A group of more than 30 leaders of state and regional governments from across the world today committed to step up their climate policy action ahead of next year's UN climate change talks in Copenhagen as part of a concerted attempt to pressurise their national counterparts to follow suit.
The group, which was brought together by green NGO The Climate Group and also includes representatives from many multinational firms, presented an "action statement" to the UN's top climate change official Yvo de Boer at the sidelines of the UN's talks in Poznan, Poland.
The action statement offers no cast-iron goals, but commits the signatories, including California, South Australia and the Welsh and Scottish governments, to the setting of undisclosed but "substantial" renewable energy, energy efficiency and emissions targets in advance of next year's Copenhagen talks.
Speaking via video link to the Climate Group's States and Regions Summit in Poland, California governor Arnold Schwarzenegger said he hoped that the examples set by regional and provincial governments would be followed by "our federal counterparts".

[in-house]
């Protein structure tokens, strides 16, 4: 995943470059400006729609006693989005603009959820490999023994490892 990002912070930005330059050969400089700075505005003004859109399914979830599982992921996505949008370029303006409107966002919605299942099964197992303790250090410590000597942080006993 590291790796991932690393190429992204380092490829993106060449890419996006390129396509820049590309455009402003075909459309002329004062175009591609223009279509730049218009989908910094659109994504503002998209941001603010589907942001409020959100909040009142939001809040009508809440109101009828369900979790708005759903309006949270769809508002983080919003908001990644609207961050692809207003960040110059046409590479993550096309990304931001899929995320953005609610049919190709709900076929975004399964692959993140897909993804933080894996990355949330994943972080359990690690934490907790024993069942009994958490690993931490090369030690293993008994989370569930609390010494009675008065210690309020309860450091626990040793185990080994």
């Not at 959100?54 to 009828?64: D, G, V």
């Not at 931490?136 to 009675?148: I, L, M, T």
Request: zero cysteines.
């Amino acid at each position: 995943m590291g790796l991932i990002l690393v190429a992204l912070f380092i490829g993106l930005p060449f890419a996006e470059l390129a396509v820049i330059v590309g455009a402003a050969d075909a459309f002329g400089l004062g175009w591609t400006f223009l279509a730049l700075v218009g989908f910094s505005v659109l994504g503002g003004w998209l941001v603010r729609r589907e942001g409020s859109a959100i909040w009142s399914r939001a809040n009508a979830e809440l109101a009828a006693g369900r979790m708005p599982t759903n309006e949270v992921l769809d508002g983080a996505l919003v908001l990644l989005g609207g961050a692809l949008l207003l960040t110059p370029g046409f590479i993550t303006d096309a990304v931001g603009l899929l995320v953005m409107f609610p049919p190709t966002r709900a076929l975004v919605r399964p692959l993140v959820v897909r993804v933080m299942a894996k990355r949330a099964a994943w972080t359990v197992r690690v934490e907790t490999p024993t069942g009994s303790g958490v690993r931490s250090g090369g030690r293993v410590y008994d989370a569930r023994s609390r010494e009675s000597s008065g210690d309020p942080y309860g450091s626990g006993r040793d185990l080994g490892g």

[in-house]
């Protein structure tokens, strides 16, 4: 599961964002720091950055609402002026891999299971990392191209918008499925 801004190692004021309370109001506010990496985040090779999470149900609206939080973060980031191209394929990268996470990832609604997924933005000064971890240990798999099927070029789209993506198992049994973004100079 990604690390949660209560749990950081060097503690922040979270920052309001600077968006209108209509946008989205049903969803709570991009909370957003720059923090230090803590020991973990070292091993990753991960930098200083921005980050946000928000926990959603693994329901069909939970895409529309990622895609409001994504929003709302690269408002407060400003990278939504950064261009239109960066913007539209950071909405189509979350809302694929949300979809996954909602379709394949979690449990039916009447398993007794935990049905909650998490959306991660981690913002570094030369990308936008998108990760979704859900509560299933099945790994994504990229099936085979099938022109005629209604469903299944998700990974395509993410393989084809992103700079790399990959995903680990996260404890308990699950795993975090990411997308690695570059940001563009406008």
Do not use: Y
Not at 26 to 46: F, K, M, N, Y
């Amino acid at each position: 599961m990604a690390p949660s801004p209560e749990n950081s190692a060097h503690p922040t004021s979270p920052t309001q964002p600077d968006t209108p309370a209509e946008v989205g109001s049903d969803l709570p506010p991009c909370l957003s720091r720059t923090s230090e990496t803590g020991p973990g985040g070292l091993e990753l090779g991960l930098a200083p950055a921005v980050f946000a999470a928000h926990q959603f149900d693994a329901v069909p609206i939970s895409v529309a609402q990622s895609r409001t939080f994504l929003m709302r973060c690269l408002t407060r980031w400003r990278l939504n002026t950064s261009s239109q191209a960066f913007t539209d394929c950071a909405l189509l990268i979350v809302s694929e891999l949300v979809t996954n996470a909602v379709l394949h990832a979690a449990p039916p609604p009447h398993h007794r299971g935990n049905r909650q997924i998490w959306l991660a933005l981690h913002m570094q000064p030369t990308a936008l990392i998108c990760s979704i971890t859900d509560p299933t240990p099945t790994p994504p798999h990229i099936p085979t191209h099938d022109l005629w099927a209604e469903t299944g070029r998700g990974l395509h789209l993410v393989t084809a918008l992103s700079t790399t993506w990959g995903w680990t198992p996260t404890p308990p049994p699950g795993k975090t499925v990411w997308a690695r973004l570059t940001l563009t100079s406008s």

De Boer said the efforts of regional governments would be welcomed by national governments as they finalise their negotiating positions for next year. "Any agreement in Copenhagen in a year's time has to have its foundation in reality, credibility and willingness," he explained. "Effective state legislation provides international negotiators with a critical underpinning - a critical reality check - to be able to move forward at the international level. "
Speaking earlier today at a separate event hosted by venture capital firm Intel Capital, Richard Youngman, European managing director of research and advisory firm Cleantech Group, said the climate policies adopted by regional governments such as California was one of the key reasons why the medium to long-term outlook for clean tech firms remained upbeat regardless of whether or not a deal is delivered in Copenhagen.
He argued that the experience in the US over the past five years provided evidence that clean tech firms could still prosper without a clear federal and international climate change policy.
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